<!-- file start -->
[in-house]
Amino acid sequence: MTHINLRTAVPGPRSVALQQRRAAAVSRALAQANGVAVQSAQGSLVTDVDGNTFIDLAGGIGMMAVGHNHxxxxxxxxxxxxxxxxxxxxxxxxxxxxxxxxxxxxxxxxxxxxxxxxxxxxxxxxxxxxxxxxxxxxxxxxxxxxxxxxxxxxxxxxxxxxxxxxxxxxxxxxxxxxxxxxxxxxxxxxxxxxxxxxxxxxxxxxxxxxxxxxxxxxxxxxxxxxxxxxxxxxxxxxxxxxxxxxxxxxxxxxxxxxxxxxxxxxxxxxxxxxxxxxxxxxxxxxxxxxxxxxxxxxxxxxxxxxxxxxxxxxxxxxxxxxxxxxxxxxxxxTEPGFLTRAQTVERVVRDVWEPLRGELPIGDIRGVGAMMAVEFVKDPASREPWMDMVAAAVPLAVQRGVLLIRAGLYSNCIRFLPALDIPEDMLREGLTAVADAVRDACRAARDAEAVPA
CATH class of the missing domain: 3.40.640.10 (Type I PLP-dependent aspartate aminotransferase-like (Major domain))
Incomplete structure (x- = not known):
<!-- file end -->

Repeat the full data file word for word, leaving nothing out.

[in-house]
Amino acid sequence: MTHINLRTAVPGPRSVALQQRRAAAVSRALAQANGVAVQSAQGSLVTDVDGNTFIDLAGGIGMMAVGHNHxxxxxxxxxxxxxxxxxxxxxxxxxxxxxxxxxxxxxxxxxxxxxxxxxxxxxxxxxxxxxxxxxxxxxxxxxxxxxxxxxxxxxxxxxxxxxxxxxxxxxxxxxxxxxxxxxxxxxxxxxxxxxxxxxxxxxxxxxxxxxxxxxxxxxxxxxxxxxxxxxxxxxxxxxxxxxxxxxxxxxxxxxxxxxxxxxxxxxxxxxxxxxxxxxxxxxxxxxxxxxxxxxxxxxxxxxxxxxxxxxxxxxxxxxxxxxxxxxxxxxxxTEPGFLTRAQTVERVVRDVWEPLRGELPIGDIRGVGAMMAVEFVKDPASREPWMDMVAAAVPLAVQRGVLLIRAGLYSNCIRFLPALDIPEDMLREGLTAVADAVRDACRAARDAEAVPA
CATH class of the missing domain: 3.40.640.10 (Type I PLP-dependent aspartate aminotransferase-like (Major domain))
Incomplete structure (x- = not known):